Wednesday, July 15, 2009

Investing locally can boost your wallet


More Americans are choosing to invest their retirement accounts in local businesses and are being rewarded with three times greater rates of return.

Many of us watch the stock market with dismay as our investments take a nose dive. Most Americans rather would invest in Main Street than Wall Street, but the current economic system tends toward globalization instead of localization. Local economist and author Michael Shuman points out that "outdated federal securities laws have left Main Street dangerously dependant on Wall Street, and overhauling these regulations turns out to be a hidden key to economic revitalization."

Shuman, author of "The Small-Mart Revolution," cites a recent study showing that small local businesses, which usually start out as sole proprietorships, are three times more profitable for investors than C-corporations, which are large, global corporations. Rising fuel costs and a fall in the value of the dollar are part of the reason for this new trend. For example, small family-owned vineyards in New York can retail wine at or below the costs that large corporate vineyards in California do because of the costs of carting bottles of wine across the country. This is starting to "even the playing field" for small producers.

There is also a growing consciousness among consumers that small businesses really are the backbones of our communities. These businesses spend more of their incomes locally, which creates a multiplier effect, further boosting local economies. They also add "local color" to villages, which attracts tourism, and they encourage walkable communities, entrepreneurship, community building and the revitalization of our downtowns. "Every dollar spent at a locally owned business generates two to four times more economic benefit—measured in income, wealth, jobs, and tax revenue—than a dollar spent at a globally owned business," Shuman says.

Green jobs tend to be locally based, creating a whole new genre of local business. Already, half our economy comes from small local businesses. Factor in nonprofits, such as the one I run, and that figure jumps up closer to 60 percent of all economic activity. As we begin to transition toward services instead of goods, more money will stay in our communities. For example, when we buy weatherization services instead of fuel oil, more of our money goes to the local contractors who do weatherization instead of to the multinational corporations that refine oil.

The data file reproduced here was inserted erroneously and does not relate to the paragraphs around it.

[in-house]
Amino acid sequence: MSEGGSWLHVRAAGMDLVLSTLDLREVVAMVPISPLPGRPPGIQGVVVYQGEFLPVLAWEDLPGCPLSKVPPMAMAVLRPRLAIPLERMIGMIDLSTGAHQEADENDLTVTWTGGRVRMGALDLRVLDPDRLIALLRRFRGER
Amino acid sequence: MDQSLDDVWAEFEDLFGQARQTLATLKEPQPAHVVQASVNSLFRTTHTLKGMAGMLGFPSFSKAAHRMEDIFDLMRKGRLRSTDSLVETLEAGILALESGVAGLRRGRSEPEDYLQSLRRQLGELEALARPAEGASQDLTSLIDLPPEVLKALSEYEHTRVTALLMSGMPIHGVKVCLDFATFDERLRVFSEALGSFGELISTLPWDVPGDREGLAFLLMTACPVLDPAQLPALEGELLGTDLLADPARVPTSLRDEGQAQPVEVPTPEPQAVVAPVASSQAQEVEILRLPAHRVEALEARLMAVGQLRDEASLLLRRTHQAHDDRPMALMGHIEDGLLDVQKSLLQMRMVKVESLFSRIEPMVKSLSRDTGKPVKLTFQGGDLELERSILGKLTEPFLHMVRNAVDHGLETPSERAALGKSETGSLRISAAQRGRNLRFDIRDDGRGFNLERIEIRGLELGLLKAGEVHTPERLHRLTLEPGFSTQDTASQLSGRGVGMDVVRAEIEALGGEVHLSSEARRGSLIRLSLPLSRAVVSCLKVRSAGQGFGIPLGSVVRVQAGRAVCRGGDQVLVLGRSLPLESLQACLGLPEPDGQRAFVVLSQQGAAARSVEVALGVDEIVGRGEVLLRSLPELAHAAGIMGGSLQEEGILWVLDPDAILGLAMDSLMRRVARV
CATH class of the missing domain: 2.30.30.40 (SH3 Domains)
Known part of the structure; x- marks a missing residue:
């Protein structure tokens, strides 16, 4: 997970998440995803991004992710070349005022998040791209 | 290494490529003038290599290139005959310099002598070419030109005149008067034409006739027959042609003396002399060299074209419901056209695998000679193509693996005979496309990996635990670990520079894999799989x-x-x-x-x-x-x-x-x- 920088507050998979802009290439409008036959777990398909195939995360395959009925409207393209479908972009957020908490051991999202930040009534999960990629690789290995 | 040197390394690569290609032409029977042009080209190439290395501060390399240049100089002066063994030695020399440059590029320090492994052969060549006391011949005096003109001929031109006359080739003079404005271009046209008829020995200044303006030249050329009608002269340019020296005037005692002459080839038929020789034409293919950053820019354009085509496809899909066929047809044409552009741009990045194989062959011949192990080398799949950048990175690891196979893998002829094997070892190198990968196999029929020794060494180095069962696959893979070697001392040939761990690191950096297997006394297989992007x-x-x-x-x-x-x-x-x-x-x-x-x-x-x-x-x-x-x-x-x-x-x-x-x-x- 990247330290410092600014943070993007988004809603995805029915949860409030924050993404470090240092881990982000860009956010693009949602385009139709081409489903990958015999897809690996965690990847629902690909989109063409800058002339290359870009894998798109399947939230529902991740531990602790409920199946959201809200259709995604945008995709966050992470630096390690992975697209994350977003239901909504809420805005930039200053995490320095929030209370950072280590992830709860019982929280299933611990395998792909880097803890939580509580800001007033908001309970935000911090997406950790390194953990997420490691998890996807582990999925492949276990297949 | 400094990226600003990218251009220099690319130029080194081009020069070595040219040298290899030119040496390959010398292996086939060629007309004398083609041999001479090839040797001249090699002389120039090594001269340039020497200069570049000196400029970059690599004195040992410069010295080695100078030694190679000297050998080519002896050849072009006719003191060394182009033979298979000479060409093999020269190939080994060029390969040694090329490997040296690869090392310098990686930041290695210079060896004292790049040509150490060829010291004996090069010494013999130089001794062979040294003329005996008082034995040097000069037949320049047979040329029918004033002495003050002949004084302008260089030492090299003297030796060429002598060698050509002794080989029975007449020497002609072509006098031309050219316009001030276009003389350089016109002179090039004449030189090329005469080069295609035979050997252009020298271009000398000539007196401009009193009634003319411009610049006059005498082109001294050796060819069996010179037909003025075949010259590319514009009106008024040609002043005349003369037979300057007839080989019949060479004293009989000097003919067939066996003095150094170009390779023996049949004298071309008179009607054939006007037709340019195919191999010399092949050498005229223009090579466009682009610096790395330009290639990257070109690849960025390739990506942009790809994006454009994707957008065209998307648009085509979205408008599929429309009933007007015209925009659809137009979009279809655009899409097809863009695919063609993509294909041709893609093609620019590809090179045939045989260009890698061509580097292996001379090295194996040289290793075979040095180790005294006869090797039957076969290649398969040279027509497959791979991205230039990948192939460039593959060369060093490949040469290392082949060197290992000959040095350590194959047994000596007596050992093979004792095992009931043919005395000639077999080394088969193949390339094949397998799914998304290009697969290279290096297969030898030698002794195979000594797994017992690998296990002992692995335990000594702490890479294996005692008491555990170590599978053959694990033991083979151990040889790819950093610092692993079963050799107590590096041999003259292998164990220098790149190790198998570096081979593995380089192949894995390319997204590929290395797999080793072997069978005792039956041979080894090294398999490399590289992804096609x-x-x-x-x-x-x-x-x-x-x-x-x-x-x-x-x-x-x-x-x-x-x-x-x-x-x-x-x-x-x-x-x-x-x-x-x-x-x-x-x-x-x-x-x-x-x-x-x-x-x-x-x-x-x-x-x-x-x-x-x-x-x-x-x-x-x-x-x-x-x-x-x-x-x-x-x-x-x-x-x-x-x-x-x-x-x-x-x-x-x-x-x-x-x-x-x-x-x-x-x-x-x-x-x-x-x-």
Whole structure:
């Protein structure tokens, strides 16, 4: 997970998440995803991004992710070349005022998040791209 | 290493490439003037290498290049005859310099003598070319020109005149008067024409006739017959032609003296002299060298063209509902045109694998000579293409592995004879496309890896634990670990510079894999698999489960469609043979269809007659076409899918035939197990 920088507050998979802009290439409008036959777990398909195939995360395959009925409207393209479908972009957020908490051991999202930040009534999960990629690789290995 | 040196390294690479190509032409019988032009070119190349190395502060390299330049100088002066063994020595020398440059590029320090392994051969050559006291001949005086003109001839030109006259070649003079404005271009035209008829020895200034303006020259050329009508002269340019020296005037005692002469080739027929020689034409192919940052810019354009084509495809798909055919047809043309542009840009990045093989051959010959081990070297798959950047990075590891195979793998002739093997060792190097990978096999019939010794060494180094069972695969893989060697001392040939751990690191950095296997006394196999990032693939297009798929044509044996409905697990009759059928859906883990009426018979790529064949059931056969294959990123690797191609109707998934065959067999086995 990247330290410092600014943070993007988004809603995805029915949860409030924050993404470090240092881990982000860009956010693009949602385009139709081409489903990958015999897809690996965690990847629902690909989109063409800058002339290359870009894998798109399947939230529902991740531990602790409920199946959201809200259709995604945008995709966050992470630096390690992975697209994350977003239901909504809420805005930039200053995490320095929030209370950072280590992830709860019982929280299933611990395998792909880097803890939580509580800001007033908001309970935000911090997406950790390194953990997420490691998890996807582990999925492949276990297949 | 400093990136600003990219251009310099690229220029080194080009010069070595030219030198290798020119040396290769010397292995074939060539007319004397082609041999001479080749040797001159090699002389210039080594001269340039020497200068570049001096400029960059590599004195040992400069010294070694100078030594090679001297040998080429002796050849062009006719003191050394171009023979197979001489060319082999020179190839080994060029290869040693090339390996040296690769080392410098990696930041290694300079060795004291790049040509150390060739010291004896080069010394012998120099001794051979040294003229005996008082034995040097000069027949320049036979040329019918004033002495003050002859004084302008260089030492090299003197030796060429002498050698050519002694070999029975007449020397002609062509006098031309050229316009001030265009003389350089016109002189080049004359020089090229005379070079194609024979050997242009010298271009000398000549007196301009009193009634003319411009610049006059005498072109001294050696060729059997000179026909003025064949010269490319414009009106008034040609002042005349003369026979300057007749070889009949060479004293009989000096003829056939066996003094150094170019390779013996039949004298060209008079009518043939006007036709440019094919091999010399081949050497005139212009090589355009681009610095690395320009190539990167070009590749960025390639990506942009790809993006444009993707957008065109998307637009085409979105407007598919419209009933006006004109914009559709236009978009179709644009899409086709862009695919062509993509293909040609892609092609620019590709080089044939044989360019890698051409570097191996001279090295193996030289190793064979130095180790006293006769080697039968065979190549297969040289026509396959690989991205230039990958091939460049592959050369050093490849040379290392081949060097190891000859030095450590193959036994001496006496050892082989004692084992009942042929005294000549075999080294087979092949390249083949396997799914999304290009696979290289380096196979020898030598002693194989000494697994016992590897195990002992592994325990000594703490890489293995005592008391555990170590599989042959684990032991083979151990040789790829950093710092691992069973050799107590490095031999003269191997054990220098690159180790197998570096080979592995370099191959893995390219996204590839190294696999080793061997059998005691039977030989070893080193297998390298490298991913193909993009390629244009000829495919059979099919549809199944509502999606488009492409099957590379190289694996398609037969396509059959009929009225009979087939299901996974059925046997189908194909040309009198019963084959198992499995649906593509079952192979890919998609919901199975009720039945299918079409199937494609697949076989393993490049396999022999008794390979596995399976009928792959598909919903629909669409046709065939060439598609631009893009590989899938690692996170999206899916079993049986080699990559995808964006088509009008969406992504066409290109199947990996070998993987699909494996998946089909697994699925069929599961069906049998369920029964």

Local businesses are our future and the only viable economic solution to our current economic crisis, yet very little of our investment dollars are staying locally, at businesses we frequent every day. Instead, all our pensions and 401(k) funds go to Fortune 500 companies. Shuman suggests that simple reforms to antiquated trading laws would allow local businesses to participate in the stock exchange. He says, "One easy reform would be for the (Securities and Exchange Commission) to allow low-risk public ownership of locally owned microbusinesses."

Shuman is suggesting that small companies be able to sell shares to people in their home states, with no one owning more than $100 worth of a single stock. This would lower the risk and spread the opportunity and investment to more small businesses. If we were to enact this reform, trillions of dollars would begin to flow into small mom and pop businesses across the nation. This move would encourage new businesses to reflect the needs of the community shareholders and encourage investors to keep their money within their respective regions.

Unlike the current economic stimulus plan, Shuman's suggestion would cost nothing to implement and would create immeasurable local jobs as investment money flowed toward local entrepreneurs, who would generate millions of new businesses and jobs. The result would be a stronger nation, with a vast network of interdependent local economies. This would be a far more sustainable and stable economic system than our current one, which is dependent upon using up dwindling resources, generating mountains of waste, and intensifying poverty and poor working conditions around the world.

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